Books That Shaped My Life

by Don Meyer, Ph.D. | Sep 27, 2014

“Reading one book is like eating one potato chip.”
Diane Duane

If I could tell Thomas Jefferson something I would probably let him know that I understand what he meant when he said, “I cannot live without books.” Jane Smiley knew something about me also when she said, “Many people, myself among them, feel better at the mere sight of a book.”

In one way or another, every book I have ever read helped shape my life. Some of them brought me information for travel to another culture and then I set them aside. When I traveled to Kenya for the first time, Jerry Spain recommended that I read “The Lunatic Express” (1971) by Charles Miller, the story of the construction of a railroad in East Africa. From Argentina to Finland and from Korea to Turkey, when I step off the plane my prior reading always makes me feel like I have been there before. 

My love affair with books began when I was in high school and I started reading the Hardy Boys mystery series. I didn’t know then that I was reading books which began as a series in 1927 and would sell more than a million copies a year and would be translated into over 25 languages. 

During those years my grandmother introduced me to the writings of Norman Vincent Peale. In 1952, he published “The Power of Positive Thinking” which sold over 5 million copies and was on the NY Times Best Seller list for 186 consecutive weeks. 

In January 1956 five missionaries were murdered on the riverbanks of a jungle wilderness in eastern Ecuador. Elizabeth Elliot, the wife of one of them wrote their story in her 1957 book “Through Gates of Splendor.” A whole generation of young people was impacted by the story of those five men who died. To this day I still remember Jim Elliot’s words, “He is no fool who gives what he cannot keep to gain what he cannot lose.”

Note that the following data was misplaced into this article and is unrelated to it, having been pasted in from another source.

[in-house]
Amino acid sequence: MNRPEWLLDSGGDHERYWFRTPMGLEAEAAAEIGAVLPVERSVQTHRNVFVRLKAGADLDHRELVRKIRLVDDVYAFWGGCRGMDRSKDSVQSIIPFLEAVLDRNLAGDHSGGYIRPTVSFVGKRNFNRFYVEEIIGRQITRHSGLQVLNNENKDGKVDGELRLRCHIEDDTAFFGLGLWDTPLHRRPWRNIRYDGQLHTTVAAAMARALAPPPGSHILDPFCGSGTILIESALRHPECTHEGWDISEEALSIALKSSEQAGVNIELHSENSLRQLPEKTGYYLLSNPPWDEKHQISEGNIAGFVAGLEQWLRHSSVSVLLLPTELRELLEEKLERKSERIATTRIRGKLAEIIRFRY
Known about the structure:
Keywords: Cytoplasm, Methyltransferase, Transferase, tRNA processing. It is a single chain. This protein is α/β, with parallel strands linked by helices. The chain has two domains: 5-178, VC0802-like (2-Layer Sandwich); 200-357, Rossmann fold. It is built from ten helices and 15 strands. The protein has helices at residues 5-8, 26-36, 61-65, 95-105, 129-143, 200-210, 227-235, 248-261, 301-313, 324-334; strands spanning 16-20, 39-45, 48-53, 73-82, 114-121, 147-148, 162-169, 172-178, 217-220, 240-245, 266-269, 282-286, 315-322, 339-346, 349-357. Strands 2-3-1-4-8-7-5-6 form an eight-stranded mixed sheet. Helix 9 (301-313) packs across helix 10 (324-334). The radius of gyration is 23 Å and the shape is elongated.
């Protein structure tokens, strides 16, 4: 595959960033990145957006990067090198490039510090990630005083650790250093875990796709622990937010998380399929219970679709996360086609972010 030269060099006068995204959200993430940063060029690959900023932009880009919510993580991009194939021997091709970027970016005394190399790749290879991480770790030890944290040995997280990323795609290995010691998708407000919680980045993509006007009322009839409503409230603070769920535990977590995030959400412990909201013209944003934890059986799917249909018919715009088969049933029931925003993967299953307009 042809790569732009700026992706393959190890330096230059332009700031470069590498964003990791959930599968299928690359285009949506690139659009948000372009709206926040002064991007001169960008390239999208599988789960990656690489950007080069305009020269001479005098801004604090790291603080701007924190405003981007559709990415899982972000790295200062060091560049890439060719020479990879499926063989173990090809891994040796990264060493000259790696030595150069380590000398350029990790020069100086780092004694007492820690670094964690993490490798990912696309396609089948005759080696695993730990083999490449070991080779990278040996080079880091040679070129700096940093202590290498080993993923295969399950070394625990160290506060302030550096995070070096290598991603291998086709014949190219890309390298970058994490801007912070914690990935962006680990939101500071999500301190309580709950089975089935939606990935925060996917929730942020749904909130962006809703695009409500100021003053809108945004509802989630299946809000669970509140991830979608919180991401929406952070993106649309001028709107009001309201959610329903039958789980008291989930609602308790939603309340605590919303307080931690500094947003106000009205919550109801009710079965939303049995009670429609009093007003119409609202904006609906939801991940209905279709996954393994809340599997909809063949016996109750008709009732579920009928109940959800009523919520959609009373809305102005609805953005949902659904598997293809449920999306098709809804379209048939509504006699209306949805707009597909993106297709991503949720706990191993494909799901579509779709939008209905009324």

Little did I know how much Lloyd Perry’s 1965 book, “A Manual for Biblical Preaching,” would weave its way into every part of my life. Since I took that class and read that book, everything I have ever spoken in public or ever written has the fingerprints of that book upon it. I will always be indebted to Dr. Perry for the enormous influence of his simple yet profound book.

There were two books published in 1978 that continue to impact my life. Both of them were written by Quakers. Elton Trueblood wrote 33 books but his book, “The Incendiary Fellowship,” a classic blueprint to rekindle the flames of fervor that so characterized Christianity’s first years. Richard Foster’s “Celebration of Discipline” sold over a million copies and the original one I bought is still in my library. 

Though Robert Henri wrote “The Art Spirit” in 1923, it was around 1985 when John Shirk suggested I read it. As soon as I turned the first page, I was hooked. One of my favorite quotes by Henri is “All education is self-education.” Each time I open his book I feel like I am sitting down with a creative artist who sees objects and life with new eyes. 

In 1996, John Kotter’s seminal book on change, titled “Leading Change,” was published. Since 1997 his eight steps helped inform and transform my entire leadership approach to change. 

I have chosen these books because of their place in my development. You notice I did not mention the Bible. If I had, it would be number one. But the Bible must be in a class all its own. Without these other nine my life would be without perspective. Without the Bible, however, my life would be without purpose. 

Think about it.

Dr. Don Meyer is President of  
University of Valley Forge, Phoenixville, Pa. 
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